Alphabet Energy, which says it can make electricity for around $1 a watt out of waste heat in factories or data centers, has raised $1 million from Claremont Creek Ventures and the CalCef Clean Energy Fund.
Waste heat -- which is one of our favorites sources of energy here -- essentially revolves around capturing heat from engines and machinery and using it to run things like water heaters or converting it into electricity. The U.S. consumes around 100 quads (100 quadrillion BTUs) of energy a year, and 55 to 60 quads get dissipated as waste heat, according to Arun Majumdar, the UC Berkeley professor who came up with a lot of the technology behind Alphabet (he now runs ARPA-E, the advanced projects group inside the Department of Energy). Thus, there is a lot of waste heat out there and it could be cheaper than solar. Alphabet estimates it could be a $200 billion market.
Heat-to-electricity can be accomplished in two ways. Companies such as Recycled Energy Development (RED) and Ormat have successfully retrofitted factories to capture waste heat, but these systems largely rely on mechanical engineering. Heat is captured and then channeled into productive uses. One of RED's showcase projects -- coming next year -- is a system at West Virginia Alloys, a silicon manufacturer, that will generate 45 megawatts of electrical power from the waste heat generated by factory operations. The company uses 120 megawatts at the current time, but the waste heat system will effectively allow Alloys to recover about one-third of the power it now buys but wastes. Fuel cells can also be used to harvest waste heat.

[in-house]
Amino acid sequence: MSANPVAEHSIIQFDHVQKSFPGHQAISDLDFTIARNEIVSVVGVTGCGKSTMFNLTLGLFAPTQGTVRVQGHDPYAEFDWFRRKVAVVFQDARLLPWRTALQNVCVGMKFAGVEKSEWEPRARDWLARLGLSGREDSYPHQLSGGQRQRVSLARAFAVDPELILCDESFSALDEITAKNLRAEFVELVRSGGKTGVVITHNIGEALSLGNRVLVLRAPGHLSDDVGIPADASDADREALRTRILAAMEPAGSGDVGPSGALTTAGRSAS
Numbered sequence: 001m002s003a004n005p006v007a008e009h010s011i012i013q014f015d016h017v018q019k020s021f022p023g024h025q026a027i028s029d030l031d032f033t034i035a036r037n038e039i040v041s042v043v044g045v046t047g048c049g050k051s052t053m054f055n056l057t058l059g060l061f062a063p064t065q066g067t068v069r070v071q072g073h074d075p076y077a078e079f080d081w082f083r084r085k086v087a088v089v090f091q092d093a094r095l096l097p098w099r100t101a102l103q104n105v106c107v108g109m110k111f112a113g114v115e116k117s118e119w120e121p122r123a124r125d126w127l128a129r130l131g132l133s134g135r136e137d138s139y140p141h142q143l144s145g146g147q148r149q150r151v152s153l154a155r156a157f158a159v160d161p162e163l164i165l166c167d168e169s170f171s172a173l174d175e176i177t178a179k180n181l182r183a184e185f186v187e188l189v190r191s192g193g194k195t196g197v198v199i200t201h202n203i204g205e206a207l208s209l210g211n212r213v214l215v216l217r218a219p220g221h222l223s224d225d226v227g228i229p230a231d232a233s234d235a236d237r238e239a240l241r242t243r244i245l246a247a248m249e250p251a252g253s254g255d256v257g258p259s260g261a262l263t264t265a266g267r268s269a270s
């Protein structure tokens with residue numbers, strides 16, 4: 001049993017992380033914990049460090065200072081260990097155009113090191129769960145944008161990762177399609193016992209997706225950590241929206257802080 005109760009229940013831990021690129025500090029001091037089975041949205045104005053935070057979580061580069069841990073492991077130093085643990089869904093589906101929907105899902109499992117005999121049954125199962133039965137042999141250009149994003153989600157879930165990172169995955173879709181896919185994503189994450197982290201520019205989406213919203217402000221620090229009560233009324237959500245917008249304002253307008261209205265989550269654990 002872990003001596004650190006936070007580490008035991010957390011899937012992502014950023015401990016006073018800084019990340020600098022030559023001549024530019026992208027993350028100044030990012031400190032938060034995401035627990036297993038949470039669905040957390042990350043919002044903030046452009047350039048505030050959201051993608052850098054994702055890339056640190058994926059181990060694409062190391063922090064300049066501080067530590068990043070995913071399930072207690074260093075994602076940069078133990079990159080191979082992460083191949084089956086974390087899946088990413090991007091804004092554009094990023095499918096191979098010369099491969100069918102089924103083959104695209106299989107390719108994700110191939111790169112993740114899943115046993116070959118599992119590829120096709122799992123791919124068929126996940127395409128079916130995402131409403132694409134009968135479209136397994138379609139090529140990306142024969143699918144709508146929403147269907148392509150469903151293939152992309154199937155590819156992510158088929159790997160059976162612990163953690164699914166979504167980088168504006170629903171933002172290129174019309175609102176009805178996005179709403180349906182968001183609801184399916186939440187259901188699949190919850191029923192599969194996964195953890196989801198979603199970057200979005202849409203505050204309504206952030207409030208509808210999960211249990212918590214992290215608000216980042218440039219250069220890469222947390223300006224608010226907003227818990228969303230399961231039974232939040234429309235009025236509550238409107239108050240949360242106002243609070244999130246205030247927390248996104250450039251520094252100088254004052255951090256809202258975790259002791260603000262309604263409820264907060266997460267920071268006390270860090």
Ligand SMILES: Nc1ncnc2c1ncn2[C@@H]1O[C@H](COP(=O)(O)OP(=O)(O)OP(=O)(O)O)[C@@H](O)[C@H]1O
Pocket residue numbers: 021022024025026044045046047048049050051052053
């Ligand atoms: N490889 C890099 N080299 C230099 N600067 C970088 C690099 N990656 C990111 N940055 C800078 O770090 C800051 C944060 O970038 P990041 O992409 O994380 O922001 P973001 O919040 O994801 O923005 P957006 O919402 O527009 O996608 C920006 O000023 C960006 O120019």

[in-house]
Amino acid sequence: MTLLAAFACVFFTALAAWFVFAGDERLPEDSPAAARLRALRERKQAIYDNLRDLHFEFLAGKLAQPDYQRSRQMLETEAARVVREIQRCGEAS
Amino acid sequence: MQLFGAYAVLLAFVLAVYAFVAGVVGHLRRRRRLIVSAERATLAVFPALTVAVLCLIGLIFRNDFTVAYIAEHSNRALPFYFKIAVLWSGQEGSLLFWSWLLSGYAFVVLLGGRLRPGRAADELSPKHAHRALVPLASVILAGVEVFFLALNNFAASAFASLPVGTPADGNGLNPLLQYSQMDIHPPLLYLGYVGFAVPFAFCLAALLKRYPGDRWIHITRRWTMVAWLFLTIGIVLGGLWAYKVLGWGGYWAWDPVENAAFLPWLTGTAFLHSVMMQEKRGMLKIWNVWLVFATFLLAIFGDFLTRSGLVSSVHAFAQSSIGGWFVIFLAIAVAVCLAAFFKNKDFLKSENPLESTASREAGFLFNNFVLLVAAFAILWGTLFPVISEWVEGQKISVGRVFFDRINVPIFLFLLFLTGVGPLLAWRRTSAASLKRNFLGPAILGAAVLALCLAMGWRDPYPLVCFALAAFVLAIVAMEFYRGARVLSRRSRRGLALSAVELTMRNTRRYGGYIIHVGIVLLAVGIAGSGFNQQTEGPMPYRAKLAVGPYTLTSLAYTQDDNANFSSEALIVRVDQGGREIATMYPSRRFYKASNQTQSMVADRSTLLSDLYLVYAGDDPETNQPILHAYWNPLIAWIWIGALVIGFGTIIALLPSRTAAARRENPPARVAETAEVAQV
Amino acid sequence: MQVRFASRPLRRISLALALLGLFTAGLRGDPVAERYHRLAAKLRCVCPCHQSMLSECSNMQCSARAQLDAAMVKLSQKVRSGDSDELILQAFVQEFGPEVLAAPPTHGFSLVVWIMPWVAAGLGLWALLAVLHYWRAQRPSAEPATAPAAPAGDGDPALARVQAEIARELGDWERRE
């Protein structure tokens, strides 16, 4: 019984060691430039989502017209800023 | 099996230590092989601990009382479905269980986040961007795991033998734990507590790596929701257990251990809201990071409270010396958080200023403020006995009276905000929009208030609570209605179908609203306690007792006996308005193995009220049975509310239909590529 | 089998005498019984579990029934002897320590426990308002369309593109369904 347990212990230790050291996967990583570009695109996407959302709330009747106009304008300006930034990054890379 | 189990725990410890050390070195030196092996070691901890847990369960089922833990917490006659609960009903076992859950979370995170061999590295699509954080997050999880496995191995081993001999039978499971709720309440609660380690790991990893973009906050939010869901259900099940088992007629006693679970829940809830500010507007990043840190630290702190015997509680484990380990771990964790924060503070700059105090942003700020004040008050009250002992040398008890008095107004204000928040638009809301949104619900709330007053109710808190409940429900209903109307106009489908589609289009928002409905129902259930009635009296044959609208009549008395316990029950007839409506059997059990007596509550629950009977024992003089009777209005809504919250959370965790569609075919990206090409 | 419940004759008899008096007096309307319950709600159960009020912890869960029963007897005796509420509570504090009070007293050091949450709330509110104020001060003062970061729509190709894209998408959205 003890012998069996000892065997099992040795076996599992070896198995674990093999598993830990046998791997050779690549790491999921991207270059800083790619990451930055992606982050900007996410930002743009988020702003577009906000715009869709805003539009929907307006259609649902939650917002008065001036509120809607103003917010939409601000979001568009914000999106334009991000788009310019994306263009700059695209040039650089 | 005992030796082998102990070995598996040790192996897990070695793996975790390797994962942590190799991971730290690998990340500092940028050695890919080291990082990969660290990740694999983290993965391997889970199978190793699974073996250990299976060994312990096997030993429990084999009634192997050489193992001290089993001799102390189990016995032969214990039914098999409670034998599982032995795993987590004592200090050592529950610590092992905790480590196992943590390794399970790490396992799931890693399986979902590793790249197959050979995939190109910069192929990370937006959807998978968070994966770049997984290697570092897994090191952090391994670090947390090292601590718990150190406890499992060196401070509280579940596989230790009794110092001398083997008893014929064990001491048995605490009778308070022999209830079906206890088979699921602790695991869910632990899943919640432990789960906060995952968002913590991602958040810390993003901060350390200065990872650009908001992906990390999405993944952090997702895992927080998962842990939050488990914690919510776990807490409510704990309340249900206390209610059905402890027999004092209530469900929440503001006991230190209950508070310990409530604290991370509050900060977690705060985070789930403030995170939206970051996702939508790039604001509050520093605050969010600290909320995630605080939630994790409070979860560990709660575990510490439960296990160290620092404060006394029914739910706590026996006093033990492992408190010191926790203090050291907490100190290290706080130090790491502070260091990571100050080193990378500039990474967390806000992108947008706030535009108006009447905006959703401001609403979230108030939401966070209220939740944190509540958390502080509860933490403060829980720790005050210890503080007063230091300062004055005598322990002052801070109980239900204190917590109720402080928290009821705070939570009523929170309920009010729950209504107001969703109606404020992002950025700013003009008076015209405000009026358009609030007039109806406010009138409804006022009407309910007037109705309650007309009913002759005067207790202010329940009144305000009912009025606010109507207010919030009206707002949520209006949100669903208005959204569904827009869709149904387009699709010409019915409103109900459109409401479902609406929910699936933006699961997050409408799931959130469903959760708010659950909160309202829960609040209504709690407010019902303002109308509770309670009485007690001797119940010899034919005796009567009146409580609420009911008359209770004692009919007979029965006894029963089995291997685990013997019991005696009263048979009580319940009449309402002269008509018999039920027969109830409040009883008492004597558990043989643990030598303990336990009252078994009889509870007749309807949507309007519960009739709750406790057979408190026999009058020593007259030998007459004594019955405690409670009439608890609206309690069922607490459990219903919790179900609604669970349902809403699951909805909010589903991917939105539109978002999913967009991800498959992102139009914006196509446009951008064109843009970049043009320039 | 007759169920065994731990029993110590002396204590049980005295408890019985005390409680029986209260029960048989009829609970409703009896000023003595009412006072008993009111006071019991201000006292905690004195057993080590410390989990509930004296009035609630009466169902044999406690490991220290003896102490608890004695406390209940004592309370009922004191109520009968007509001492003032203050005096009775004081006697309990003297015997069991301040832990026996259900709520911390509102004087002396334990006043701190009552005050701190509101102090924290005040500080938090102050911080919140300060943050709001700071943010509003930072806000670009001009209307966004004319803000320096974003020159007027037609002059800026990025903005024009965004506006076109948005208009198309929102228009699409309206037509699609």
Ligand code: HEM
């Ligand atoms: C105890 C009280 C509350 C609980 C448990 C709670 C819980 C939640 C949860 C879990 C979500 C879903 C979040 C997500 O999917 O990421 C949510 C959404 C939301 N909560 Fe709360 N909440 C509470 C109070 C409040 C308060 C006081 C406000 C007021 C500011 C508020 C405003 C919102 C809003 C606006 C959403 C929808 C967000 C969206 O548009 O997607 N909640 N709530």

Semiconductors could potentially be the next wave for the industry, and this is where Alphabet comes in. Traditional waste heat chips -- heat goes in one side, electricity comes out the other -- cost around $20 a watt and are made out of bismuth telluride. Alphabet won't say what its semiconductor is made from, but sources say the chief material is silicon nanowires.
The company, one of the finalists for the Cleantech Open last year, hopes to get a prototype plant running in about a year or so. Potentially, it could move into mass manufacturing 18 months to two years after that. The chips initially will be bought mostly by industrial manufacturers, which would use the material wrap hot steam pipes in manufacturing facilities. Later, the company could move into the auto industry, but the amount of heat and often lower temperatures involved could make that a challenge.
GMZ Energy, Promethean Power and Cypress Semiconductor are all also experimenting with thermoelectric devices and various semi materials like gallium. GMZ and Cypress want to turn heat into power while Promethean converts electricity from PV panels directly into heat.
MC10 and Photonic Devices also received grants from ARPA-E last year to develop waste heat semiconductors.